The professional path of each designer comes from a series of circumstances and occasions inevitably linked to his personal history. Alessio Gianotti is a young designer from Ivrea, city of the red brick factory, the Olivetti, the company that has made the history of innovation and Italian design.
We already met Alessio for Anaconda, the intriguing modular vase of exotic inspiration. Today, in addition of design and design issues, we will discover how the designer interprets his approach to creativity.
How was your passion for design born, Alessio? What is your story as a designer?
Coming from Ivrea, Olivetti and the information technology’s city, I have already grown up in an environment that I would call fertile for creativity. But the real love at first sight was in the summer of the last year of high school, when, renovating the house, I found myself surrounded by magazines related to the field of interior design and product design. I was fascinated by that world and I decided to study at the Polytechnic of Turin, graduating first in Industrial Design and then in Ecodesign. And this is how my adventure has started.
Ivrea must surely have been a source of inspiration and a strong creative stimulus, but what do you really love about the design world?
I am fascinated by all aspects related to creativity and design: painting, music, cinema, architecture, graphics and so on. They are all separate aspects but linked by the same passion for creation, by the same desire to translate emotions into objects. I like to turn an idea into something that can improve everyday life.
Apart from the creative cradle that matured your dedication to creativity, can you give me some names from which you like to take inspiration or which you admire particularly?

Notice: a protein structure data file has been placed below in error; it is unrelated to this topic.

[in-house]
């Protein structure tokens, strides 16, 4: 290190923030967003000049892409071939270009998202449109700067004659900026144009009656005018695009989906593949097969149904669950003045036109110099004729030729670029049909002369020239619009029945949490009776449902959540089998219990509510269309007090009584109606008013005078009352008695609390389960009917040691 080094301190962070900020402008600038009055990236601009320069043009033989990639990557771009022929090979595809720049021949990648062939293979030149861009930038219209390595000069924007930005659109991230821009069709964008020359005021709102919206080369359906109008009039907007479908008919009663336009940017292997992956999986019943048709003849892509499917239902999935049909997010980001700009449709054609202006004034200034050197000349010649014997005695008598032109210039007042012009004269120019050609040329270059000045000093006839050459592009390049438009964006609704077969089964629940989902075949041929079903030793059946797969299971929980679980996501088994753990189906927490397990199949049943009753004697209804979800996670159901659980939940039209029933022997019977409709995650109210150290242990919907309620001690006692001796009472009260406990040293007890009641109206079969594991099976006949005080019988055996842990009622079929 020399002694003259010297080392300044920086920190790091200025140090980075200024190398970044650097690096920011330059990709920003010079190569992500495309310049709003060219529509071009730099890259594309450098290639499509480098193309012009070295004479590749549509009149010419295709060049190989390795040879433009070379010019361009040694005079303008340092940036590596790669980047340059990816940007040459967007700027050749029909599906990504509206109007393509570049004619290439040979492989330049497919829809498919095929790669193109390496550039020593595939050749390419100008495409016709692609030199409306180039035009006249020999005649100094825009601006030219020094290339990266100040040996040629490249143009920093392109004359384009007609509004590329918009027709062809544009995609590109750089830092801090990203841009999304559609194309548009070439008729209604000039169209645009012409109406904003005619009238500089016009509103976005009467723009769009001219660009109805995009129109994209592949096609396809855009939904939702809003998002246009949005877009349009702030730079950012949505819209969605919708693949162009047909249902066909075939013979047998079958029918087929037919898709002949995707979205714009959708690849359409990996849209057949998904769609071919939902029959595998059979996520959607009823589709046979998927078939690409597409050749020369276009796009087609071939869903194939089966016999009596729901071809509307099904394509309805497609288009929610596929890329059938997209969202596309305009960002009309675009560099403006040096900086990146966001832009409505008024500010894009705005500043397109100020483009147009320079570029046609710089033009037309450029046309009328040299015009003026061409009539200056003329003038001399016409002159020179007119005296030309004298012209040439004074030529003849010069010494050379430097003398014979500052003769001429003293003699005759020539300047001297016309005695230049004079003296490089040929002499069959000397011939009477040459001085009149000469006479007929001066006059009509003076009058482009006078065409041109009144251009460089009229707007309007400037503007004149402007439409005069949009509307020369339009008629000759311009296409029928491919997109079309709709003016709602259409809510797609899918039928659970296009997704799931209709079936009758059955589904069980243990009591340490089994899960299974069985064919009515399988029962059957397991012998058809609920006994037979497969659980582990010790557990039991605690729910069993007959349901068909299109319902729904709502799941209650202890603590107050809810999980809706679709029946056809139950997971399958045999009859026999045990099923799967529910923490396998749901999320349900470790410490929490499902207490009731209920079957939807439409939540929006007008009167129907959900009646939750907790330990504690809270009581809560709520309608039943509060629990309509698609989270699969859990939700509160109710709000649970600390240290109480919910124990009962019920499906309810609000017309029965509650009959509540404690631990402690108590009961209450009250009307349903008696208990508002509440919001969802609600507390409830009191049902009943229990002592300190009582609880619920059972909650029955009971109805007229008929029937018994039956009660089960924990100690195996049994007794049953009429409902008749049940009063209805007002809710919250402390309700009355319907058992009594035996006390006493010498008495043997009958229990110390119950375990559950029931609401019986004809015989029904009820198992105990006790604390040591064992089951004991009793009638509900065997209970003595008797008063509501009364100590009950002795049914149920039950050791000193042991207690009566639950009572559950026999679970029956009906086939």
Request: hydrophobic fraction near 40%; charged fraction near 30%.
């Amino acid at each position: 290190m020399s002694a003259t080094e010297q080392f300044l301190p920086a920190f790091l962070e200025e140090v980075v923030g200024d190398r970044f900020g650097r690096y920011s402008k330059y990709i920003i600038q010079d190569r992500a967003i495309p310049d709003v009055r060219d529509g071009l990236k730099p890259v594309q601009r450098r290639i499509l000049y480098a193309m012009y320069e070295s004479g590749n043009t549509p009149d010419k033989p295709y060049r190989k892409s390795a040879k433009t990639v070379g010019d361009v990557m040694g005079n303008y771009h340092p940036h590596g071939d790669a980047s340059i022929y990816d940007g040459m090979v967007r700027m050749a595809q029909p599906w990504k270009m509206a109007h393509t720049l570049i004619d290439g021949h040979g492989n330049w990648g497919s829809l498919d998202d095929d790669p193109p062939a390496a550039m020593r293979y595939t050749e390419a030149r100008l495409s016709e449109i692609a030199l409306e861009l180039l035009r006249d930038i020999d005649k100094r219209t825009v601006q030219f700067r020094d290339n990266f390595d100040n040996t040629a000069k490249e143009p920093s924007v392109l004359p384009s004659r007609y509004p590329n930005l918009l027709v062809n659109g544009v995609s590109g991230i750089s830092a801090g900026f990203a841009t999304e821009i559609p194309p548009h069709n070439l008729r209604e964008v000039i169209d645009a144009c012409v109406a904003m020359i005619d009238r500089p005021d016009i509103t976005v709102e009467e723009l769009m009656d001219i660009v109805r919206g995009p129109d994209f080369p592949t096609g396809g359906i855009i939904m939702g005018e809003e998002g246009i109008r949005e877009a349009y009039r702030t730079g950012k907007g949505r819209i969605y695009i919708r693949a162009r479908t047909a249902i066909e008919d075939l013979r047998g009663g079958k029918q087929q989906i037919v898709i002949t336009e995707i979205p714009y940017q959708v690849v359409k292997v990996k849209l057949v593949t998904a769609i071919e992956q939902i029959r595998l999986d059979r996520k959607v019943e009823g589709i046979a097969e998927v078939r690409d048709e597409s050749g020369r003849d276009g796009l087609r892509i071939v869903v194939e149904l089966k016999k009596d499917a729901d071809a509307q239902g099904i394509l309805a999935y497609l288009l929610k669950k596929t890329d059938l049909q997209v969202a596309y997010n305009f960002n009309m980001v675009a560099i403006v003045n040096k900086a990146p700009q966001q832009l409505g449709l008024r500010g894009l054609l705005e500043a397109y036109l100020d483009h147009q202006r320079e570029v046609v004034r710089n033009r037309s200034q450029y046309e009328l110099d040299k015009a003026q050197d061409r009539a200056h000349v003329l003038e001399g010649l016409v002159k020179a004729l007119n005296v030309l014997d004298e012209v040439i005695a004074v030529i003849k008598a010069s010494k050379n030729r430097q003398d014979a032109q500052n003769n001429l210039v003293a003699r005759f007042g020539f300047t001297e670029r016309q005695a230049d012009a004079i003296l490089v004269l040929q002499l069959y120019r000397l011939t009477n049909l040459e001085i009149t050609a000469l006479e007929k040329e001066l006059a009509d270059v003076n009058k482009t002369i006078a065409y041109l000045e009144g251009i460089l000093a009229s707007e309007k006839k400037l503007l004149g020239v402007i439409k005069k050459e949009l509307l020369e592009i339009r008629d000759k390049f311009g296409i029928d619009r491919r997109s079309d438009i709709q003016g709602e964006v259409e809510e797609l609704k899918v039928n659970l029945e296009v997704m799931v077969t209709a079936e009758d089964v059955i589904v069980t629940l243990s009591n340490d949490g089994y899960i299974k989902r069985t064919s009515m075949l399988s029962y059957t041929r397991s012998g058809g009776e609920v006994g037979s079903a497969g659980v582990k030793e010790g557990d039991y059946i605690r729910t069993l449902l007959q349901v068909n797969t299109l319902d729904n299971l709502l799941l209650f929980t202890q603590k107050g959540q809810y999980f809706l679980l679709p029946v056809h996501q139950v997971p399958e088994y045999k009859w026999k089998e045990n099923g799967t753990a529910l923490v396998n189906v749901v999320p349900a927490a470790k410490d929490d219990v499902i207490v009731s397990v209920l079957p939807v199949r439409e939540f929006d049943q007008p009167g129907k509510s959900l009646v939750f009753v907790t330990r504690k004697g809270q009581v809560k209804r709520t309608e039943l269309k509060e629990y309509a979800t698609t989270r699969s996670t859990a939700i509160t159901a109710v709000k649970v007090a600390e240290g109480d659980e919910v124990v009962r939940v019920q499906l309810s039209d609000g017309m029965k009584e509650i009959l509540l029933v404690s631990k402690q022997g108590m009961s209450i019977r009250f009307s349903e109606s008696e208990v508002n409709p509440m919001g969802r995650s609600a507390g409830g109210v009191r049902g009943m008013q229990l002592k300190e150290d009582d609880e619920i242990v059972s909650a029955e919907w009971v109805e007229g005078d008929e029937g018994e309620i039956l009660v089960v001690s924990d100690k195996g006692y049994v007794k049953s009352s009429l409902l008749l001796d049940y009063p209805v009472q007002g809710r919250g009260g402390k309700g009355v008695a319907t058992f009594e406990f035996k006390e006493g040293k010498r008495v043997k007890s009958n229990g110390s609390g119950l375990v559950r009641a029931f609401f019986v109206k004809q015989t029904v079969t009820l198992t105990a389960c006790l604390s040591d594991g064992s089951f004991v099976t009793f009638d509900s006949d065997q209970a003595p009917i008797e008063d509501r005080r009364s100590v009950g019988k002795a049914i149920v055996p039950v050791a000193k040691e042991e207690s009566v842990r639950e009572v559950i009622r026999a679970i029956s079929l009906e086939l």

If I had to pick one, it would be Kossi Aguessy, a designer I had the fortune to meet and who has always fascinated me for the combination of simplicity and elegance of his creations.
Then I can not fail to mention Mies van der Rohe for his disruptive minimalism in both industrial and architectural design.
Finally, a contemporary name, Nendo design studio, I really appreciate the work they do.
Which historical icon of design are you particularly attached to?
I think I’m biased in this case. Coming from Ivrea, it could only be the Olivetti product to which most of all are fond of. I’m speaking of “Valentine“, the typewriter by Ettore Sottsass which I consider wonderful for several reasons: from the portability of the entire camera body, inserted in its red case, to the transgression of the features compared to those of the past (remember that it came out on the market at end of the 60s), up to the general innovation that this product has given to the world of typewriters.
Do you have a particular desire related to your profession?
The greatest desire is definitely to continue doing what I love and see my ideas realized in a concrete way, in the form of products and environments. It is priceless to know that something you have created can please someone so much to the point of seeing it become an integral part of his daily life.